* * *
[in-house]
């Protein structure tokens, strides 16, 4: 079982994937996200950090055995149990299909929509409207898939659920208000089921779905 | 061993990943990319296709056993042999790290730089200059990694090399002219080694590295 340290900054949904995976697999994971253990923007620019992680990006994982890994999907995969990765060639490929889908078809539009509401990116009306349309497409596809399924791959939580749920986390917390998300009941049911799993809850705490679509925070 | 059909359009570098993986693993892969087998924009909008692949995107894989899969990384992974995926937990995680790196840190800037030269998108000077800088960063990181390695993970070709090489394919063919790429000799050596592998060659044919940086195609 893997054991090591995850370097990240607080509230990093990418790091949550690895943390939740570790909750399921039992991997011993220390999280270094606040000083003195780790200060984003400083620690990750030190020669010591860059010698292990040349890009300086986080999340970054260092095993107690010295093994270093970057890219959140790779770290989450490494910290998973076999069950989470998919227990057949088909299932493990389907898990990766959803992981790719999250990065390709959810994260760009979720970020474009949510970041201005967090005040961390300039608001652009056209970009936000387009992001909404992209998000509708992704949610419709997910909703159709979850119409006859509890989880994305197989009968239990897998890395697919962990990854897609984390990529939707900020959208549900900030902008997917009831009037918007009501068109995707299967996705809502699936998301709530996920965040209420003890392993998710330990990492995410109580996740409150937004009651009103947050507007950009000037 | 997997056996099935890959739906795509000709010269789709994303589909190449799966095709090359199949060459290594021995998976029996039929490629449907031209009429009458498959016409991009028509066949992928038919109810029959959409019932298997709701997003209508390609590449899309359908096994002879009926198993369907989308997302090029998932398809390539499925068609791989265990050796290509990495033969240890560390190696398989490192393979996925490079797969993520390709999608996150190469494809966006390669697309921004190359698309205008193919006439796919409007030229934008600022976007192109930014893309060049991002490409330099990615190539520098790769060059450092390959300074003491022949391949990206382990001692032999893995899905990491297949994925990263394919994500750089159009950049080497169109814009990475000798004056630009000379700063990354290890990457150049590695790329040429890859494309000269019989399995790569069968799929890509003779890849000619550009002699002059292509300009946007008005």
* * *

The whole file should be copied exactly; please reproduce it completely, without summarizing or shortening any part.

[in-house]
């Protein structure tokens, strides 16, 4: 079982994937996200950090055995149990299909929509409207898939659920208000089921779905 | 061993990943990319296709056993042999790290730089200059990694090399002219080694590295 340290900054949904995976697999994971253990923007620019992680990006994982890994999907995969990765060639490929889908078809539009509401990116009306349309497409596809399924791959939580749920986390917390998300009941049911799993809850705490679509925070 | 059909359009570098993986693993892969087998924009909008692949995107894989899969990384992974995926937990995680790196840190800037030269998108000077800088960063990181390695993970070709090489394919063919790429000799050596592998060659044919940086195609 893997054991090591995850370097990240607080509230990093990418790091949550690895943390939740570790909750399921039992991997011993220390999280270094606040000083003195780790200060984003400083620690990750030190020669010591860059010698292990040349890009300086986080999340970054260092095993107690010295093994270093970057890219959140790779770290989450490494910290998973076999069950989470998919227990057949088909299932493990389907898990990766959803992981790719999250990065390709959810994260760009979720970020474009949510970041201005967090005040961390300039608001652009056209970009936000387009992001909404992209998000509708992704949610419709997910909703159709979850119409006859509890989880994305197989009968239990897998890395697919962990990854897609984390990529939707900020959208549900900030902008997917009831009037918007009501068109995707299967996705809502699936998301709530996920965040209420003890392993998710330990990492995410109580996740409150937004009651009103947050507007950009000037 | 997997056996099935890959739906795509000709010269789709994303589909190449799966095709090359199949060459290594021995998976029996039929490629449907031209009429009458498959016409991009028509066949992928038919109810029959959409019932298997709701997003209508390609590449899309359908096994002879009926198993369907989308997302090029998932398809390539499925068609791989265990050796290509990495033969240890560390190696398989490192393979996925490079797969993520390709999608996150190469494809966006390669697309921004190359698309205008193919006439796919409007030229934008600022976007192109930014893309060049991002490409330099990615190539520098790769060059450092390959300074003491022949391949990206382990001692032999893995899905990491297949994925990263394919994500750089159009950049080497169109814009990475000798004056630009000379700063990354290890990457150049590695790329040429890859494309000269019989399995790569069968799929890509003779890849000619550009002699002059292509300009946007008005």